By 1989, the belief had spread outside the Cajun area.[6] Hundreds of people were visiting Richard's grave each week, which had been illuminated so visits could occur in the evening and a box had been provided in which to leave written petitions to Richard.[4][9] On the thirtieth anniversary of her death that year, an outdoor mass was held there which was attended by four thousand people and which was covered by Louisiana television stations and the Cable News Network, and was reported in newspapers in Louisiana, Dallas, Houston, Miami, Orlando, Albany, and Seattle.[2][4][6][7][9][10][11][12][13] The media coverage resulted in knowledge of Richard spreading world-wide, with interest in her expressed in Yugoslavia, Croatia, Australia, and Africa.[2] Approximately a thousand people attended anniversary masses there in both 1991 and 1999, with about 400 attending in 2007, and thousands come to her grave each year, including chartered buses from New Orleans.[8][14][15]

Church position[edit]

No official canonization procedures have begun for Richard, though the Layfayette diocese began collecting testimonials about reputed help obtained through her in 1991.[14] Unlike the traditional support for canonization of a saint, which begins with popular devotion and is only later recognized by the Church, support for Richard began outside her immediate home area and was first promoted by the clergy, beginning with Brennan, Crowley, and Calais. The bishop of the Layfayette diocese at the time of her death, Maurice Schexnayder, visited her grave multiple times and referred to her as a saint.[2] Another bishop of the diocese, Harry Flynn, presided at the thirtieth anniversary mass in 1989, along with sixteen other priests.[7] The diocese also approved the creation of an private organization, the Friends of Charlene, to spread her story.[14]

Notes[edit]

  1. ^ Therese of Lisieux was a young woman from France who suffered and died from a painful, debilitating illness but offered her suffering to God through prayer and became one of the most popular saints of the twentieth century.[2]
  2. ^ Calais also prayed to Richard for help in obtaining the money for St. Edwards. He was subsequently reassigned and prayed to Richard for money to build a new church at a second parish and to retire a large debt at a third. Receiving the needed funds in all three cases, he later said, "I call her my little money girl."[7]

References[edit]

  1. ^ 30°25′18″N 92°18′46″W / 30.421788°N 92.3127187°W / 30.421788; -92.3127187
  2. ^ a b c d e f g h i j k Gaudet, Marcia (1994). "Folk Veneration Among the Cajuns". Southern Folklore 51 (2): 153–66.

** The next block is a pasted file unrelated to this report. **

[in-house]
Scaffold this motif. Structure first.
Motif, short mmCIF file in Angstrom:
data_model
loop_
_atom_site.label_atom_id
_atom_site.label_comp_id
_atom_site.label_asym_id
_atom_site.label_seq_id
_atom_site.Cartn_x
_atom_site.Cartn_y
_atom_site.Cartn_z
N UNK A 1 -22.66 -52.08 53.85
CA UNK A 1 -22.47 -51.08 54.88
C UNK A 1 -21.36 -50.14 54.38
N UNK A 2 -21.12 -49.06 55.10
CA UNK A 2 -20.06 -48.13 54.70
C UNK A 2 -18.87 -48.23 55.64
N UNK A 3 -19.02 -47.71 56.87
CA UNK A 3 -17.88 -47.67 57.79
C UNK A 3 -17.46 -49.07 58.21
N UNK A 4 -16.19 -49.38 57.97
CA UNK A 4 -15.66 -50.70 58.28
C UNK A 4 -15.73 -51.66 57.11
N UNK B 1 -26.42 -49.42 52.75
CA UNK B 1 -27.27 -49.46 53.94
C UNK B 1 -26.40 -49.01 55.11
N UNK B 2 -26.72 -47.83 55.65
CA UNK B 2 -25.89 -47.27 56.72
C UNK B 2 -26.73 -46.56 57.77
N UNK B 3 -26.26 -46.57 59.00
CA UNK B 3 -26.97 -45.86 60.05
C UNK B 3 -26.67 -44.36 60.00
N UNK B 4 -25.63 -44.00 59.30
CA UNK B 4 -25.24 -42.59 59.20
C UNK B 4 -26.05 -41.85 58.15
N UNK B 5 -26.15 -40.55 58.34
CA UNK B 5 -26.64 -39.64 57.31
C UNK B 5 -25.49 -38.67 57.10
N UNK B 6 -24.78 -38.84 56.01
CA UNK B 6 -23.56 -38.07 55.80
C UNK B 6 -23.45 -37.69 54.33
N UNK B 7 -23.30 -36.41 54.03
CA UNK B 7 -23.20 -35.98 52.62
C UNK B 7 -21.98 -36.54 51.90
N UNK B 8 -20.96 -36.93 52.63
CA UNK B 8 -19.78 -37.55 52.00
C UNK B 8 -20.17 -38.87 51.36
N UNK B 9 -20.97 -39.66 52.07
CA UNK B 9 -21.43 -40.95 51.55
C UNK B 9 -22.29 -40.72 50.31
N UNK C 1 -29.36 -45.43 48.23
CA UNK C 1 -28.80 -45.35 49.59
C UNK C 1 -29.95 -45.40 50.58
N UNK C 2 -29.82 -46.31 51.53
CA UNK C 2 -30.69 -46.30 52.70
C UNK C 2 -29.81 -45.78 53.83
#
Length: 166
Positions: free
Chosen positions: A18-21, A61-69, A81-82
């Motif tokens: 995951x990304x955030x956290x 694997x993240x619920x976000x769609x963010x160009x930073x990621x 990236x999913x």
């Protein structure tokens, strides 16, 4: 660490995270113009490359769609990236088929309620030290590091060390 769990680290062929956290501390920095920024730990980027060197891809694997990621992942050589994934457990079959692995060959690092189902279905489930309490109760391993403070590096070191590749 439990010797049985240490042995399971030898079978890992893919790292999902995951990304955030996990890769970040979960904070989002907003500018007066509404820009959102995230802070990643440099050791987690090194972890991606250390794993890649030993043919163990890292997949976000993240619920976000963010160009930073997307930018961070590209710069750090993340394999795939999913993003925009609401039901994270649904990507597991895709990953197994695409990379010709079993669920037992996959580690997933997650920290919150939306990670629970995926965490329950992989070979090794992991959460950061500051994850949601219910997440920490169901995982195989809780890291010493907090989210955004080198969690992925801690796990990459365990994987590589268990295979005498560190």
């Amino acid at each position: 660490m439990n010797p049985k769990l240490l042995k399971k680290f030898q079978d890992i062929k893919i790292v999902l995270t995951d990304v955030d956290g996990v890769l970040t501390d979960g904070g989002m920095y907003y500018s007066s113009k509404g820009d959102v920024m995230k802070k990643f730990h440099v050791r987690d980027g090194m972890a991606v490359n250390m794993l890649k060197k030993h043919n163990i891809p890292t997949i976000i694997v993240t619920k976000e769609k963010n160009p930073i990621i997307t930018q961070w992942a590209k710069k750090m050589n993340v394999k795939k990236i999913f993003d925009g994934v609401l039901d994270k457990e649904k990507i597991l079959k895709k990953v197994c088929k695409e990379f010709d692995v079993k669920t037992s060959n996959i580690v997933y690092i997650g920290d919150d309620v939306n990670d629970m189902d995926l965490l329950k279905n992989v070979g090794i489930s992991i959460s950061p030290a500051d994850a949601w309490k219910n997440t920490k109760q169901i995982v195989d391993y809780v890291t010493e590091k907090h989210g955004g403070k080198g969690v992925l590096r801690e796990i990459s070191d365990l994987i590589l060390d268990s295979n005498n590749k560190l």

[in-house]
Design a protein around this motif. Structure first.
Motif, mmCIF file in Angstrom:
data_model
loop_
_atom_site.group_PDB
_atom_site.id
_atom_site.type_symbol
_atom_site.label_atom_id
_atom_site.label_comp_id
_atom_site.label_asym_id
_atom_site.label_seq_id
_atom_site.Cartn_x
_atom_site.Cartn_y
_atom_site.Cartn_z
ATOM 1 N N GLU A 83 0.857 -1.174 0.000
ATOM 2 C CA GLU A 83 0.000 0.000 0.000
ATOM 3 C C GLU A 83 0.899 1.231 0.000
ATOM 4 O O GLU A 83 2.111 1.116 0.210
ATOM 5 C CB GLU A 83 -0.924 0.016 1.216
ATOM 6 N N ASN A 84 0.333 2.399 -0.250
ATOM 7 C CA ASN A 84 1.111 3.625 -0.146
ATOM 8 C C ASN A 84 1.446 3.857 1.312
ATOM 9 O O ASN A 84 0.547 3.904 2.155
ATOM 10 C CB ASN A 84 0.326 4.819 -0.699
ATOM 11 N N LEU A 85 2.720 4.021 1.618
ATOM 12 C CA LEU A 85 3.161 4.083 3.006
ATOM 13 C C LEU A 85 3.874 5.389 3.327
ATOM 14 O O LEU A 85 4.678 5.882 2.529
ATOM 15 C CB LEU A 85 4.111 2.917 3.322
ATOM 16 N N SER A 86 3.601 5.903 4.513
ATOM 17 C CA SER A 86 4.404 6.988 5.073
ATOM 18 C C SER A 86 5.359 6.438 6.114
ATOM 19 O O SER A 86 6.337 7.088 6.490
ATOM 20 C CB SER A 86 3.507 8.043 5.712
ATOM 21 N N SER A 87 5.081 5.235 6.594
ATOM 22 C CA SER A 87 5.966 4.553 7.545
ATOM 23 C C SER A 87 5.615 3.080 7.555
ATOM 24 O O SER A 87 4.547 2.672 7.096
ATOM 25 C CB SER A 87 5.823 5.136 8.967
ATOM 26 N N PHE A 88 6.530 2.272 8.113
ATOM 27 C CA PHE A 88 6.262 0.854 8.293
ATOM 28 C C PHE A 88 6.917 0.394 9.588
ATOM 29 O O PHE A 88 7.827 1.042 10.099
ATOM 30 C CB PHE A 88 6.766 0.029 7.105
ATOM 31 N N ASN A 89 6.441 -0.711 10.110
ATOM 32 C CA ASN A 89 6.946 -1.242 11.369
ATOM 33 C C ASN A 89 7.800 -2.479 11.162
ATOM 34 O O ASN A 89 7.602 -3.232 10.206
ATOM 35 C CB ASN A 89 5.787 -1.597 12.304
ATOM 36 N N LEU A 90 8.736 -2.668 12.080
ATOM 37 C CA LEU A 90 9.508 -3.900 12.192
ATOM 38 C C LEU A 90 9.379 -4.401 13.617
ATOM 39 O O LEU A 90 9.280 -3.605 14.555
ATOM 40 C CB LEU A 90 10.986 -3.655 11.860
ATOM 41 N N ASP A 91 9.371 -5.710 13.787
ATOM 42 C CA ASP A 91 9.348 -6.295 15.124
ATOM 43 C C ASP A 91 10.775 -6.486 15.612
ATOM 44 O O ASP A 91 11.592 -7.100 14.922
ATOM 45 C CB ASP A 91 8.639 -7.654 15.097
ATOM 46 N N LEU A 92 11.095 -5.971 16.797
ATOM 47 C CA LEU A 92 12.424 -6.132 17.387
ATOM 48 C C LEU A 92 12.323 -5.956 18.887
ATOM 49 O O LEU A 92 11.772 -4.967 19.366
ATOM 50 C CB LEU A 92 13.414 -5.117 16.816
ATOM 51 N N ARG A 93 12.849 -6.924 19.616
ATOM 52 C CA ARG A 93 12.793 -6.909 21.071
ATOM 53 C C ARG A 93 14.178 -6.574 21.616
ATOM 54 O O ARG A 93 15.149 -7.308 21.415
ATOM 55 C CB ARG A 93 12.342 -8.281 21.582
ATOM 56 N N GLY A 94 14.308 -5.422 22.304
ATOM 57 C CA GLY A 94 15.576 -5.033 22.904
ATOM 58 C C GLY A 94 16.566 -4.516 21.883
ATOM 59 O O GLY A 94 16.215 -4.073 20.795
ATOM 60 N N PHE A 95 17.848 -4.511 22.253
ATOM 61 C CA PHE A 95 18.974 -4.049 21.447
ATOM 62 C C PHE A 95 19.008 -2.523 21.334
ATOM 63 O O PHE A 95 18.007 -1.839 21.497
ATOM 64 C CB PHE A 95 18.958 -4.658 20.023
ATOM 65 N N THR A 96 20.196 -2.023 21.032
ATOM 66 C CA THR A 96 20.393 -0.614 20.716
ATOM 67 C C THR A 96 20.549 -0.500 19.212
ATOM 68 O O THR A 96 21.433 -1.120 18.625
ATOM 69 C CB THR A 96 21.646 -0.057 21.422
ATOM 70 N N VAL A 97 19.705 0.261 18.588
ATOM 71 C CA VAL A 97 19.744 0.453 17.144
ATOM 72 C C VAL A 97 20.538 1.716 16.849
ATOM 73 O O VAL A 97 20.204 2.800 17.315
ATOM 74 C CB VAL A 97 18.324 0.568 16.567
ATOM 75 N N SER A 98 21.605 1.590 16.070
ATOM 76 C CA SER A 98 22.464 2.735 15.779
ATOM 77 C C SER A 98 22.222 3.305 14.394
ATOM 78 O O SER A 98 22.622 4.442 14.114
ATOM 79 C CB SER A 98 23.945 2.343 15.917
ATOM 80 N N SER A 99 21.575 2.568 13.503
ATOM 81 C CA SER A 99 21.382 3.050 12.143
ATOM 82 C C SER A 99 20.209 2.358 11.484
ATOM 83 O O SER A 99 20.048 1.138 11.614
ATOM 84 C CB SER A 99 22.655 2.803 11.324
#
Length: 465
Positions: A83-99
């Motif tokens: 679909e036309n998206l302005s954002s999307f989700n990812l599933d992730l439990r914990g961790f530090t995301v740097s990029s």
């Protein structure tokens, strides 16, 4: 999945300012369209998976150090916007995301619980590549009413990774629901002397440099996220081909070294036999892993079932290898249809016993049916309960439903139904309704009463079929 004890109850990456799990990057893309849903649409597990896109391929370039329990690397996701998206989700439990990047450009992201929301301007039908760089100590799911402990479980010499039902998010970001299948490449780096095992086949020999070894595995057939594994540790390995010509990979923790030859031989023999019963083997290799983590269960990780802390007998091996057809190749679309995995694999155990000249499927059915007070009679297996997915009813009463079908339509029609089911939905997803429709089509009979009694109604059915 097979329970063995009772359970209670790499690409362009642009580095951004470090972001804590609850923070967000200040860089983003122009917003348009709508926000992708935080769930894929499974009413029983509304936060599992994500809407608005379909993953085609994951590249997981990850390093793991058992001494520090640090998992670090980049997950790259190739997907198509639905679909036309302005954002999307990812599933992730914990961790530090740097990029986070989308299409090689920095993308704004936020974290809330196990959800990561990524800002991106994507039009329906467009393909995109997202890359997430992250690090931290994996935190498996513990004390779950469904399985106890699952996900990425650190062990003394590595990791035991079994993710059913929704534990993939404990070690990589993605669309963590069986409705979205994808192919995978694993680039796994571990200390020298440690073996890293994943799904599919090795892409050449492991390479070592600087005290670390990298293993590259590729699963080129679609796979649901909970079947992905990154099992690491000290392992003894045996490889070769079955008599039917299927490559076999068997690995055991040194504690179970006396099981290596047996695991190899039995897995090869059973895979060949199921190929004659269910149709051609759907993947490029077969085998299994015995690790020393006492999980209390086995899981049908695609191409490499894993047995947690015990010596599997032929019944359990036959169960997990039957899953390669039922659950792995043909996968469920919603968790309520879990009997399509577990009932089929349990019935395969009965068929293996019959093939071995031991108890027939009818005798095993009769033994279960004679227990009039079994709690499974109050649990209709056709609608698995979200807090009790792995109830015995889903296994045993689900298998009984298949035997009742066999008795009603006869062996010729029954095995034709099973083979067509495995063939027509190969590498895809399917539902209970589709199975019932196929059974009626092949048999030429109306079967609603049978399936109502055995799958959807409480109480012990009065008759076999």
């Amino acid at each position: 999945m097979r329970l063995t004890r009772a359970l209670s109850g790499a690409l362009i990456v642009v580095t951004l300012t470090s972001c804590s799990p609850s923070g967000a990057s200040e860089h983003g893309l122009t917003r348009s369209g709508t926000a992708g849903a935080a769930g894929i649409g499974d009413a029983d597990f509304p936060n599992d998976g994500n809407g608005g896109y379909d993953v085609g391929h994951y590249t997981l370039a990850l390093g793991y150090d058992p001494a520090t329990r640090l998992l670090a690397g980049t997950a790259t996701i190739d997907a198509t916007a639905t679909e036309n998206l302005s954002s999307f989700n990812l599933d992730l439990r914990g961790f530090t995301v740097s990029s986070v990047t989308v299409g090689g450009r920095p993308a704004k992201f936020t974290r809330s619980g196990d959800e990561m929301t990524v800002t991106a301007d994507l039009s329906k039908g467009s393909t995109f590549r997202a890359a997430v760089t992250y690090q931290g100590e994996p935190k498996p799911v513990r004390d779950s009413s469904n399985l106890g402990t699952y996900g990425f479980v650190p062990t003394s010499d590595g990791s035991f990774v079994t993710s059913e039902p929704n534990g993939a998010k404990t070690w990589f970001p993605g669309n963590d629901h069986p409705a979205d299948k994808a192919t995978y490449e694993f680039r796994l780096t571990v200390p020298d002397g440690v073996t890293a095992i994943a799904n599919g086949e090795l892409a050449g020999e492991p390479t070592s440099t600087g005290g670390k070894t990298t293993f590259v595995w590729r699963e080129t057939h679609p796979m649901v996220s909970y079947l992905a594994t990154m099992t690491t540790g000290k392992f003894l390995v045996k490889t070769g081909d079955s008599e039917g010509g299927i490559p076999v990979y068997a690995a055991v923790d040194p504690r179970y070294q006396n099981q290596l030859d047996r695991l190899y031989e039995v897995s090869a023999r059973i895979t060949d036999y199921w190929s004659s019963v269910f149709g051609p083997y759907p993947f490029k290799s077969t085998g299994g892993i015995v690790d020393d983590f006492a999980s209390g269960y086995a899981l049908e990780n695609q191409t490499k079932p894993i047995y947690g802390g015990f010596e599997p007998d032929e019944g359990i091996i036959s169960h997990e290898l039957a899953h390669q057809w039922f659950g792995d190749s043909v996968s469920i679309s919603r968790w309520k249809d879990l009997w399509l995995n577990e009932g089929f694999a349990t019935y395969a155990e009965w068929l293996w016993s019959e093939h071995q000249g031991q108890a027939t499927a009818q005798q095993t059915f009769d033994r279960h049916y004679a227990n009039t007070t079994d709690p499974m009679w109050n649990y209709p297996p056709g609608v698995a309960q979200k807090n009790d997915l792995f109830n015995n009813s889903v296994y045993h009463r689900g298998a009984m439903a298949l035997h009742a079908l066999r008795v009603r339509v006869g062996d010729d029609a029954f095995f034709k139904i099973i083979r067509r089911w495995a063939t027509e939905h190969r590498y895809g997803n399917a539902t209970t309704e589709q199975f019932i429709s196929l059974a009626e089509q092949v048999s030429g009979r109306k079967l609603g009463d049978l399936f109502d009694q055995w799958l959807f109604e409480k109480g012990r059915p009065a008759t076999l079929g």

3. ^ a b c d e f g "Mass today honors 'Little Cajun Saint'". Daily Advertiser (Gannett) (Lafayette, LA). 7 August 2009. 
  4. ^ a b c Foster, Mary (11 August 1989). "Anniversary of girls's death draws those with faith in miracles". Dallas Morning News (Dallas, TX). Associated Press. pp. A24. 
  5. ^ Hospital was then located at 30°12′57″N 92°01′39″W / 30.2157°N 92.0275°W / 30.2157; -92.0275, but has since moved. Welty, Chris (25 June 2011). "Moving day for Lourdes". KATC.com (television) (Lafayette, Louisiana). 
  6. ^ a b c Snyder, David (20 January 1989). "St. Charlene? It's not official, but many in Cajun area believe". Seattle Times (Seattle, WA). Newhouse. pp. A4. 
  7. ^ a b c d Stewart, Richard (12 August 1989). "The miracles of Charlene: Louisiana wants a Cajun saint". Houston Chronicle (Houston, TX). pp. A1. 
  8. ^ a b Nolan, Bruce (18 October 2007). "Mom of 'Cajun saint' dies: Thousands visit girl's gravesite each year". Times Picayune (New Orleans, LA). p. 1. 
  9. ^ a b "Faithful trek to bayou to pray at grave of Cajun girl they call a saint". Orlando Sentinel (Orlando, FL). Associated Press. 12 August 1989. pp. A13. 
  10. ^ "Faithful treat Cajun girl as their saint". Miami Herald (Miami, FL). Associated Press. 12 August 1989. pp. A12. 
  11. ^ "Thousands give thanks and say miracles make Cajun girl a saint". Orlando Sentinel (Orlando, FL). Associated Press. 12 August 1989. pp. A13. 
  12. ^ Foster, Mary (12 August 1989). "Louisiana prays for a saint many believe in girl's miracles". Albany Times Union (Albany, NY). Associated Press. pp. D8. 
  13. ^ Foster, Mary (11 August 1989). "Worshipers press for canonization of Cajun Girl". Seattle Times (Seattle, WA). Associated Press. pp. B2. 
  14. ^ a b c Treadway, Joan (12 August 1991). "Nearly 1,000 gather at grave of LA. town's 'unofficial saint'". Times Picayune (New Orleans, LA). pp. B1. 
  15. ^ Nolan, Bruce (14 August 1999). "Faithful revere 'Cajun saint' 40 years later many credit girl with miracles". Times Picayune (New Orleans, LA). pp. A1.